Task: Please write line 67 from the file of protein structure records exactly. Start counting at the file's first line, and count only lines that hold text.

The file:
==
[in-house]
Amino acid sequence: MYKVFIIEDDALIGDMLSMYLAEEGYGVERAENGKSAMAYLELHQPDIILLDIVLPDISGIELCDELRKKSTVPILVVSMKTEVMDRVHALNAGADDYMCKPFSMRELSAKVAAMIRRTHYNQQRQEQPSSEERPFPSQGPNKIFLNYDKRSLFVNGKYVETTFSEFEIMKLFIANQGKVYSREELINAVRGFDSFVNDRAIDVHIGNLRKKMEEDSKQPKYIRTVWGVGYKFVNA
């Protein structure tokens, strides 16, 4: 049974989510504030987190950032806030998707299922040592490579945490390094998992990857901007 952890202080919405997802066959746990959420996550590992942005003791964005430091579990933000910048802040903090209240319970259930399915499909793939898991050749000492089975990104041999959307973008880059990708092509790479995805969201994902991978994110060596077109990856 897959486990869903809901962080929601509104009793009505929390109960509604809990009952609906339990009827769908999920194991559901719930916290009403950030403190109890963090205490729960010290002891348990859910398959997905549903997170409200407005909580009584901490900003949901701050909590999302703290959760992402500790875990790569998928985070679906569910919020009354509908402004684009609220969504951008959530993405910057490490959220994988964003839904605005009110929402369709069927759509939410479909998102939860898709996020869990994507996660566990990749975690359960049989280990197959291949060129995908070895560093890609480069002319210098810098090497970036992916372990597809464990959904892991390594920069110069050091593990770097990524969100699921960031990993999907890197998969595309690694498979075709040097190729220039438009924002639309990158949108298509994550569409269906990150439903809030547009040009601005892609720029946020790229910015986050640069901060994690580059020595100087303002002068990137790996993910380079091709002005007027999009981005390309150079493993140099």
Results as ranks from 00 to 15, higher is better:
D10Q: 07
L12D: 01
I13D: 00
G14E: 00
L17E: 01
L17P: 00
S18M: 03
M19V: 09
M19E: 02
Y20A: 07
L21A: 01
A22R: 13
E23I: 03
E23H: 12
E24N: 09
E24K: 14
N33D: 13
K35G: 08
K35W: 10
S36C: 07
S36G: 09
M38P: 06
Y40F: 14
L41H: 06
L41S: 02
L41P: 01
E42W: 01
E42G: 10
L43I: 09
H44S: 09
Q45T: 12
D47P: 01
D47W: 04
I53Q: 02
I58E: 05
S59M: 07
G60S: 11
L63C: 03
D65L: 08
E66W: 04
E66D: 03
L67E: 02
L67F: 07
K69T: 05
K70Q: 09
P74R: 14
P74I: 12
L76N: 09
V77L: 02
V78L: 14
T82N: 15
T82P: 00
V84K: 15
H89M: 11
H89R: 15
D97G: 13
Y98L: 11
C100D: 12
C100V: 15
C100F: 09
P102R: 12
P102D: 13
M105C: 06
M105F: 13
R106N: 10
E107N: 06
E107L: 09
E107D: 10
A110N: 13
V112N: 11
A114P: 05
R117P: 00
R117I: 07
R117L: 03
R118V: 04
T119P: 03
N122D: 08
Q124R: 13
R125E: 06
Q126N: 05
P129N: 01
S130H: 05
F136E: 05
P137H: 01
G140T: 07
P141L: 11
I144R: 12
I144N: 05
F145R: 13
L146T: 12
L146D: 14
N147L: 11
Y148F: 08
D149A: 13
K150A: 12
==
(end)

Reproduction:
M105C: 06